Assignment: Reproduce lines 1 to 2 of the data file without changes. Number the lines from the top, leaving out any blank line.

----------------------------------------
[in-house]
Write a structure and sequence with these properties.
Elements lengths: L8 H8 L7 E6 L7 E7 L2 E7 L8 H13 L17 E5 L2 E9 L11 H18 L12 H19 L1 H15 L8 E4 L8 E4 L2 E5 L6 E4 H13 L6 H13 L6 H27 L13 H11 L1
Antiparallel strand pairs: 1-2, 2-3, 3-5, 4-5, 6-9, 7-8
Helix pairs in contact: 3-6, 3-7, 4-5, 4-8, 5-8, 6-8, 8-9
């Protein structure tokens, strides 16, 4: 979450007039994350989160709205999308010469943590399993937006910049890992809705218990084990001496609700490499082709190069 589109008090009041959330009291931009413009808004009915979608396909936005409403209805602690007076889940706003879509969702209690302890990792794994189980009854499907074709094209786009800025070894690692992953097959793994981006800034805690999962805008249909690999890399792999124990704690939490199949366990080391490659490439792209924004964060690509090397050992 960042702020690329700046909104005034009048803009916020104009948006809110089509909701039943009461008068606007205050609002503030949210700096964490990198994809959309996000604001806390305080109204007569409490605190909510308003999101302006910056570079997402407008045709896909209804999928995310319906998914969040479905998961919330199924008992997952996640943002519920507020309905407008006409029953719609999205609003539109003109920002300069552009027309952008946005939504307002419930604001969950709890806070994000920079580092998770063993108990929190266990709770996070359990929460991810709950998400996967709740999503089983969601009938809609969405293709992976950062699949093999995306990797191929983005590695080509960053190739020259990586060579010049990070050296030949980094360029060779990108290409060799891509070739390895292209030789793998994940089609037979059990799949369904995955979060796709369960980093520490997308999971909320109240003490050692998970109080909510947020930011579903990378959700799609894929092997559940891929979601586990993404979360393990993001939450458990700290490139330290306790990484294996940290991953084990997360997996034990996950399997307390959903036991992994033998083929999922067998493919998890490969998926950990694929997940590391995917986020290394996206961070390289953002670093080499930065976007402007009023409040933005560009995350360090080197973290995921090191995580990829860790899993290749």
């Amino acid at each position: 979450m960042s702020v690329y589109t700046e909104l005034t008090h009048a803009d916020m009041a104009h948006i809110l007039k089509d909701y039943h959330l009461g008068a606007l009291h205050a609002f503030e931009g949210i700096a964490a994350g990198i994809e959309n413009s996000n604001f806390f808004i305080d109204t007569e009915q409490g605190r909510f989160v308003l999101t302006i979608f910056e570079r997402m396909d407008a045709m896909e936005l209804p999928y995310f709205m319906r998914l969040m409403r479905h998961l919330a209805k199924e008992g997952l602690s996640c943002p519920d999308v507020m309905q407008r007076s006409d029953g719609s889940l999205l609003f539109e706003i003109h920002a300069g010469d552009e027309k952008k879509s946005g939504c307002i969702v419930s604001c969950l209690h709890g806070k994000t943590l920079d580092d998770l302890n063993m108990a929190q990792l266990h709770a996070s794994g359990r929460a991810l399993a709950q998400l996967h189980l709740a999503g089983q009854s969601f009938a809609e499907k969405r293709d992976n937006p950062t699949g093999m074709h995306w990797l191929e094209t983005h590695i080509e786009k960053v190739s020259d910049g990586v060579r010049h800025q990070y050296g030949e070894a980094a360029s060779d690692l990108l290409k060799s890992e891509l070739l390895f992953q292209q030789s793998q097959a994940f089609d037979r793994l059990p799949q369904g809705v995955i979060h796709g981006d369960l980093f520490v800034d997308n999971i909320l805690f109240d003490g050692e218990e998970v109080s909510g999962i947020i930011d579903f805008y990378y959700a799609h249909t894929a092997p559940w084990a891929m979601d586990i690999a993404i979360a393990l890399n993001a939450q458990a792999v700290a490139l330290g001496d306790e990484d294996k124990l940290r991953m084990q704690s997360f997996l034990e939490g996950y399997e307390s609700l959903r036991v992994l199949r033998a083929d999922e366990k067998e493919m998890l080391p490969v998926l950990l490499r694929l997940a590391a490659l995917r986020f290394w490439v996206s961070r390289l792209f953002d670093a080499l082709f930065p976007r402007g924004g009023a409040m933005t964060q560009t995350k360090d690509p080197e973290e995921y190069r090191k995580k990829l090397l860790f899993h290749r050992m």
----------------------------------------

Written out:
[in-house]
Write a structure and sequence with these properties.